The Egyptian Revolution

by GARY LEUPP

January 28, 2011, Day of Rage.

I’m watching live coverage of the Egyptian revolution on Al-Jazeera TV.  Cairo is swarming with hundreds of thousands, defying the curfew, hurling stones at the police. The images recall the Palestinian youth waging their Intifadas. The National Democratic Party headquarters is in flames. Downtown Suez has been taken over by the people, two police stations torched. The security forces are out in strength and shooting into crowds. But the people have lost their fear.

Reporters and commentators on Al-Jazeera and other channels have no choice but to note that Egyptian President Hosni Mubarak is widely hated, and that those in the street are seeking freedom from a dictatorship. But they also keep saying “The situation is getting worse.”

Worse?

I think of Mao Zedong’s response to critics of peasant rebellion in China in 1927. He noted that “even progressive people” saw uprisings as “terrible.” “But it’s not terrible,” he declared. “It is anything but ‘terrible.’ It’s fine!”

Watching the live coverage, I see the people of Egypt, fed up with their oppression, and inspired by the revolution in Tunisia, doing something very, very fine. It is inspiring. It is profoundly hopeful.

The Obama administration line (as summarized by Joe Biden, interviewed by Jim Lehrer on PBS), can be summarized as follows: Egyptians have the right to protest. Many are middle class folks, with legitimate concerns. But we should not refer to Mubarak as a dictator. It’s not time for him to go. He has been a key ally of the U.S. and Israel, in the “Middle East peace process” and the War on Terror. Egypt is dissimilar to Tunisia, and it would be “a stretch” to suggest that a trend is underway. The U.S. should encourage those protesting and Mubarak to talk. Everyone should avoid violence.

The mainstream infotainment media spin can be summarized like this: The “unrest” in Egypt puts the U.S. in a difficult position. On the one hand Mubarak has abetted U.S. “national interests” and been Israel’s only Arab ally. (These two are always assumed to be closely linked; the notion that an Arab leader is a friend of the U.S. to the extend that he kisses Israel’s ass is never questioned.) On the other hand, U.S. officials have been saying for years that the Middle East needs “democratic reform.”

This puts in the U.S. in bind, we are told. The U.S. confronts a “dilemma.” The talking heads depict the U.S. as somehow a victim in this situation. (Isn’t it terrible, they’re implying, that the Egyptian people by their militancy in favor of supposed U.S. ideals are trying to topple the USA’s best friend in the Arab world? What a headache to have to deal with!)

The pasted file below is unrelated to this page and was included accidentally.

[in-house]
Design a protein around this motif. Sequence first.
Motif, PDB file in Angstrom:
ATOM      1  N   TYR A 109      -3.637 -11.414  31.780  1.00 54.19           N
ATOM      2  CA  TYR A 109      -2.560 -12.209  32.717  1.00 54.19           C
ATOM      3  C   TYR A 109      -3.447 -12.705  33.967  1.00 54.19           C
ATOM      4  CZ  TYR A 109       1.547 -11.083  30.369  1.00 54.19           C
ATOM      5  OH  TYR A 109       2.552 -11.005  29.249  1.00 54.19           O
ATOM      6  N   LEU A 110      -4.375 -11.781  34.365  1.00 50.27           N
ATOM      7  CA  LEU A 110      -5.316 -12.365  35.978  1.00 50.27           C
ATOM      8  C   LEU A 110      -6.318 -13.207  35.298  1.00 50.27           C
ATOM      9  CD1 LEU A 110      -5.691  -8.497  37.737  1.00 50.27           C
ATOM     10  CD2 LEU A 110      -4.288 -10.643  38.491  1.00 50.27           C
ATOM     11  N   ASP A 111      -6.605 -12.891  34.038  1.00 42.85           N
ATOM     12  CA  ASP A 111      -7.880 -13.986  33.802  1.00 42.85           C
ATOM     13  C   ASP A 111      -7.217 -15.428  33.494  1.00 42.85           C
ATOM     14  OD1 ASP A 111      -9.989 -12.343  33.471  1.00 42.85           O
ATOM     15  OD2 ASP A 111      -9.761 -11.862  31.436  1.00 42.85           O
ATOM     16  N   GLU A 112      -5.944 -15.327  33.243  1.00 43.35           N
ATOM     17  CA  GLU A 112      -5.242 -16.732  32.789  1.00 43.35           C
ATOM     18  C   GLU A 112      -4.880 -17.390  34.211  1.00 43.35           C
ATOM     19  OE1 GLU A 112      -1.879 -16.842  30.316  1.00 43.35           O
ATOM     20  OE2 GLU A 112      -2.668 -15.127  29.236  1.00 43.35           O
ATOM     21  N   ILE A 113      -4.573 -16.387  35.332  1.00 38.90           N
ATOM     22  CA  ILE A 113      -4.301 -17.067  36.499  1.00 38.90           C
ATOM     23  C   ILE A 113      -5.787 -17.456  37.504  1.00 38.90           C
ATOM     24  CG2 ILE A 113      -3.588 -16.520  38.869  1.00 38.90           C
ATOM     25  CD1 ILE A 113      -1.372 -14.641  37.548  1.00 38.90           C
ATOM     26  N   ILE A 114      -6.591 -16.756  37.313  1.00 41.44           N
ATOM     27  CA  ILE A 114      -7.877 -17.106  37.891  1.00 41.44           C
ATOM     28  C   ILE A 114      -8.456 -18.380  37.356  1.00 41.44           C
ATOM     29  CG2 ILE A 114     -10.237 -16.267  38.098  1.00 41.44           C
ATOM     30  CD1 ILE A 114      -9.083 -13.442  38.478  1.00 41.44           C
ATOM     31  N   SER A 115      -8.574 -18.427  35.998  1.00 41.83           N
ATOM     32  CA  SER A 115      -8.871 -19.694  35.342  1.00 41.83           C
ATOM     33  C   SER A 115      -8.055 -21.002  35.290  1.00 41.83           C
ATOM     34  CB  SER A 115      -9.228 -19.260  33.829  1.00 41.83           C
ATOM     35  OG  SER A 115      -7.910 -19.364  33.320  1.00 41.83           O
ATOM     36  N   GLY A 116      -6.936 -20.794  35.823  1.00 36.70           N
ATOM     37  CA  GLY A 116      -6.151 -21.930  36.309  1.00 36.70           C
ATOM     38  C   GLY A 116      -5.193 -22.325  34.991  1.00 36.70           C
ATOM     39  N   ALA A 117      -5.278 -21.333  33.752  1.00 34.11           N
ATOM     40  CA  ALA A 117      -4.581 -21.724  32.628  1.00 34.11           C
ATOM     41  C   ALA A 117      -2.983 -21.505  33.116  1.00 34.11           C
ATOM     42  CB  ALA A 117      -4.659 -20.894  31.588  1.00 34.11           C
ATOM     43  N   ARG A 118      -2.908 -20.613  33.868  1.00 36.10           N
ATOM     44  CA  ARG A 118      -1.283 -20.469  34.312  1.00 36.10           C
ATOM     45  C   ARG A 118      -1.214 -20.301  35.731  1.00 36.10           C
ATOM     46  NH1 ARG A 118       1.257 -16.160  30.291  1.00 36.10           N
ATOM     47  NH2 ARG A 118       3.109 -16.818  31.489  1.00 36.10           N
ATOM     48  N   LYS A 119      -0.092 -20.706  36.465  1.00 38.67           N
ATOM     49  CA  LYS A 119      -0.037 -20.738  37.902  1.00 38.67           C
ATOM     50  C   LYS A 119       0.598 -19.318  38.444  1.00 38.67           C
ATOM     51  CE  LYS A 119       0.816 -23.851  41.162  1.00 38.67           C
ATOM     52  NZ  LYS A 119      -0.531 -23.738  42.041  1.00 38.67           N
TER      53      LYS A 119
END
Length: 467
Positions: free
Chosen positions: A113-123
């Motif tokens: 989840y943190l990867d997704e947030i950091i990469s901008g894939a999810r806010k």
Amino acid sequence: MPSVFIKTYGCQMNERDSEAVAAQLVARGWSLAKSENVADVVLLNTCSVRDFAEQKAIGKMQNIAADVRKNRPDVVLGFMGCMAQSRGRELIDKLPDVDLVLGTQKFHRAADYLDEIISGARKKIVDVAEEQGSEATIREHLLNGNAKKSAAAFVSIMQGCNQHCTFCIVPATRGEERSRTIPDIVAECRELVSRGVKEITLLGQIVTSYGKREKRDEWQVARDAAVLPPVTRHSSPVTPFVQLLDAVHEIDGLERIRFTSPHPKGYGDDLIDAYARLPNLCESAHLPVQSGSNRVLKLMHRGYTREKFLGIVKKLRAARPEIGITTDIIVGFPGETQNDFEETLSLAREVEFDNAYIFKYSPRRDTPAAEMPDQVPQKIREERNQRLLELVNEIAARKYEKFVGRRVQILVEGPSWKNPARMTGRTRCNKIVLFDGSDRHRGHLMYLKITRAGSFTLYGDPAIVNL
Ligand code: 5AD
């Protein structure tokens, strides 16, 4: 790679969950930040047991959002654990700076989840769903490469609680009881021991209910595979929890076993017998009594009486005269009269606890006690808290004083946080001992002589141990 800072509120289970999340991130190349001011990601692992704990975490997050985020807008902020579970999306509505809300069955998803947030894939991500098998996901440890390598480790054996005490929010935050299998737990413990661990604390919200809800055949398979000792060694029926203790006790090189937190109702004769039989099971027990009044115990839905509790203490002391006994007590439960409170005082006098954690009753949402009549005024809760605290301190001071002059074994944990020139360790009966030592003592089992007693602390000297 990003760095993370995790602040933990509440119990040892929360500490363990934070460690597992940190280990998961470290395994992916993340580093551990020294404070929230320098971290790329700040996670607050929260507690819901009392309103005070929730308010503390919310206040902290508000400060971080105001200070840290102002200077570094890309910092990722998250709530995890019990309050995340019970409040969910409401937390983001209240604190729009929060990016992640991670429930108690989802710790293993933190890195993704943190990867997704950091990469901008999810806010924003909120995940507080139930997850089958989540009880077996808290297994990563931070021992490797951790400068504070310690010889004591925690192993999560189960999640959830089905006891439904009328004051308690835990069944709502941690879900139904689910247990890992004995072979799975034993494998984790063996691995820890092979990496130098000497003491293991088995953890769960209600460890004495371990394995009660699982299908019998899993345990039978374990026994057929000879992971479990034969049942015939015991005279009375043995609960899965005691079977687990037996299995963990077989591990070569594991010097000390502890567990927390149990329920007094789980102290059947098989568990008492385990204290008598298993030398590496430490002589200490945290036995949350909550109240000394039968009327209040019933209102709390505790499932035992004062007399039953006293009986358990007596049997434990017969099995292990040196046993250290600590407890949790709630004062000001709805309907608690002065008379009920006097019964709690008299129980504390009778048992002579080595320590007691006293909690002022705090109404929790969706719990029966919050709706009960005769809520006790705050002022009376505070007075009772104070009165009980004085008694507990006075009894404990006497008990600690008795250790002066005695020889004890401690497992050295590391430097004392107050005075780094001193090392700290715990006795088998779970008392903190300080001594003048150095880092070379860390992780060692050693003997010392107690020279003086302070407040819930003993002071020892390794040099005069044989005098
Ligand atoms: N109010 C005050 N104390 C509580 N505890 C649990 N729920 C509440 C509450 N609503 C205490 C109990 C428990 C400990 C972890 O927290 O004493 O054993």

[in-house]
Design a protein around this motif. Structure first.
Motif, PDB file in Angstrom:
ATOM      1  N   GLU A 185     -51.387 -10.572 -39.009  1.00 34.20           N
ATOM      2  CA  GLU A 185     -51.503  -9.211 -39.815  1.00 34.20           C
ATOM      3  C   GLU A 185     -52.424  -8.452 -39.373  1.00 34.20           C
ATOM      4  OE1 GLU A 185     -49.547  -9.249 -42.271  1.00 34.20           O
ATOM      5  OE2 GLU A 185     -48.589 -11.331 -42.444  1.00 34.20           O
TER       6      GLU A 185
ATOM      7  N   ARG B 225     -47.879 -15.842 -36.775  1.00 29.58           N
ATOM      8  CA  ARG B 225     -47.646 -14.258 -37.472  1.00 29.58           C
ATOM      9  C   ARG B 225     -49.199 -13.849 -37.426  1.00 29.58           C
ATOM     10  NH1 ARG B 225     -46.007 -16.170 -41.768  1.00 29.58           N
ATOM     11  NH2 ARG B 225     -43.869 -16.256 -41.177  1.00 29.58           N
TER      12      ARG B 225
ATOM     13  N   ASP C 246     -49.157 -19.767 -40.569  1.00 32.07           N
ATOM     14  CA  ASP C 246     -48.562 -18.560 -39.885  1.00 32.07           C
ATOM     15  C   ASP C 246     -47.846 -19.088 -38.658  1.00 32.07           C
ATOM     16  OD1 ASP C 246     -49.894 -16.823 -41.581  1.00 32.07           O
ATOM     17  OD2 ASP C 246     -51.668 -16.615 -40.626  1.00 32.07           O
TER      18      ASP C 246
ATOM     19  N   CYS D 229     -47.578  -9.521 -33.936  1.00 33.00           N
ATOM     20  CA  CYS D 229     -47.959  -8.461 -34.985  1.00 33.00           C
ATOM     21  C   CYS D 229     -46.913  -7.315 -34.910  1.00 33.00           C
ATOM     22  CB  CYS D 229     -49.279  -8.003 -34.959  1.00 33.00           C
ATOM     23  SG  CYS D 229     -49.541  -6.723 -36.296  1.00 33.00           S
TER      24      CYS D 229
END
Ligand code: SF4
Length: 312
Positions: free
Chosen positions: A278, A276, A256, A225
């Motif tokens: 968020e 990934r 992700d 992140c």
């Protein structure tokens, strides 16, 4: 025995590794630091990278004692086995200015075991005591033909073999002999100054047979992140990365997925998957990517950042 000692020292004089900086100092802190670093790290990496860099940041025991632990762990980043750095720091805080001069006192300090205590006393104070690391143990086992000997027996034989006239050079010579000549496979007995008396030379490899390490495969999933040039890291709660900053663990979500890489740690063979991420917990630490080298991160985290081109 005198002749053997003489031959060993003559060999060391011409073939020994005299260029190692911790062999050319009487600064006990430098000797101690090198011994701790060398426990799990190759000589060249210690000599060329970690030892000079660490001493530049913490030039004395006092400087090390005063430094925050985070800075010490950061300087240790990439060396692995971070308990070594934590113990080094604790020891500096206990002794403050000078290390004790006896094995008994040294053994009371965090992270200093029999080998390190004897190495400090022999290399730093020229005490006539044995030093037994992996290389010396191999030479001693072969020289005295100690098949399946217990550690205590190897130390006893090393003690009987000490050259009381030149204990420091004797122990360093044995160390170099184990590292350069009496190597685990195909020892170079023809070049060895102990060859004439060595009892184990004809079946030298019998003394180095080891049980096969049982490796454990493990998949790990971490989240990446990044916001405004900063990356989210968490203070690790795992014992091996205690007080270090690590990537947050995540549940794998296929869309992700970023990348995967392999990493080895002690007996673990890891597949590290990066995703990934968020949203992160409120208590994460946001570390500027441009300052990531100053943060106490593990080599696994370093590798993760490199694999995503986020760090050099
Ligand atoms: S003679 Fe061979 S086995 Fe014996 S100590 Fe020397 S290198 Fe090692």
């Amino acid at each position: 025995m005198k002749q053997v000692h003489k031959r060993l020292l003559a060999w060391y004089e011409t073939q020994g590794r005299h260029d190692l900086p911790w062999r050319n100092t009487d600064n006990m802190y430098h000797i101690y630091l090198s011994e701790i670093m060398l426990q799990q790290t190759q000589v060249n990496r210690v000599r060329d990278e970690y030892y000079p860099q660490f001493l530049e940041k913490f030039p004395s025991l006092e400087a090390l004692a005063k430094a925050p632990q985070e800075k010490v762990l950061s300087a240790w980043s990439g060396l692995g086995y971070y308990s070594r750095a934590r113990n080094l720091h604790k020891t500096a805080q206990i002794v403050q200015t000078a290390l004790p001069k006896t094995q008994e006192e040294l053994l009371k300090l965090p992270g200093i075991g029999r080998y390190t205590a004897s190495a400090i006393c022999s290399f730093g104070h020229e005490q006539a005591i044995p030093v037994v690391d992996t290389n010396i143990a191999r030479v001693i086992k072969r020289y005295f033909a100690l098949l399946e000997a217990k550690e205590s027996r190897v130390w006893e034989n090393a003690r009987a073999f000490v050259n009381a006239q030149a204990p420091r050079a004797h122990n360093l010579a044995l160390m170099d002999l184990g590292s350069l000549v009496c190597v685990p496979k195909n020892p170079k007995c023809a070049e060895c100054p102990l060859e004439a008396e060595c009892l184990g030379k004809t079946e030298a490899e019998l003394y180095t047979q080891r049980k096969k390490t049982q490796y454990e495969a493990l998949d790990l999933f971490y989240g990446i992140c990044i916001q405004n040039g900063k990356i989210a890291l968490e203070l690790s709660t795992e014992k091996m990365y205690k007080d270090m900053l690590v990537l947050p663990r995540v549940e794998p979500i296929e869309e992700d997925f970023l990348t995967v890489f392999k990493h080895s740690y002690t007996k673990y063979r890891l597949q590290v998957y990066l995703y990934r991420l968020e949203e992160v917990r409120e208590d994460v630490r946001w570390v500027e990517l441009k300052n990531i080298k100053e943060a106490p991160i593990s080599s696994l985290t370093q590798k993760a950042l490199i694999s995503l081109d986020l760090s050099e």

Seems to me however that this is another of those instances of chickens coming home to roost.

The U.S. has supported Mubarak primarily in appreciation for his stance towards Israel. (The mainstream media is referring to him as an “ally” of Israel.) It’s not really because he’s been a “partner in the peace process”—because there is no real peace process. Relentless Israeli settlement activity on Palestinian land supported by the Lobby in the U.S. has insured that.

Wikileaks documents indicate that Mubarak has been content for the “process” to lag indefinitely so that he could represent himself as the vital Arab middleman while enjoying two billion in U.S. military aid per year.  But Palestinians hate him for cooperating with the demonization of democratically elected Hamas and the embargo imposed on Gaza. And Egyptians hate him for, among many other things, betraying their Palestinian brothers and sisters.

Rather, the U.S. has supported Mubarak because he’s provided an Arab fig leaf for the unequivocal support for Israel that the U.S. has provided for decades. U.S. diplomats have, as Wikileaks reveal, at times expressed concern that the dictator might be causing some problems by his “heavy-handed” treatment of dissidents. But this is not a matter of moral indignation, or concern about the lives of Egyptians. It’s nothing more than an expression of concern that his fascistic rule might jeopardize his ability to help U.S.-Israeli policy in the region and keep the Suez Canal open.

And now that brutal rule has caused an explosion. The reaction from U.S. officials and political commentators is, “We never expected this.”

Well surprise, surprise! (These folks were dumbfounded by the Iranian Revolution of 1979 as well. Don’t they understand that people eventually fight back?)

I think of that old Langston Hughes poem:

What happens to a dream deferred?
Does it dry up
like a raisin in the sun?
Or fester like a sore–
And then run?
Does it stink like rotten meat?
Or crust and sugar over–
like a syrupy sweet?
Maybe it just sags
like a heavy load.
Or does it explode?

Egypt is exploding. The deferred dreams of the Arab world are exploding. And even the corporate media acknowledges that the people are jubilant (while warning that none of this might be in “our interest”). But for people with some basic morals, concerned about the happiness of humanity in general, is this not totally fine?

Al-Jazeera shows viewers how U.S. officials are changing the tone of their comments, backing off more and more each day from support of Mubarak. They’re reiterating with increasing emphasis that the demonstrators indeed have legitimacy. (Did these people they just figure this out?) What sheer opportunism!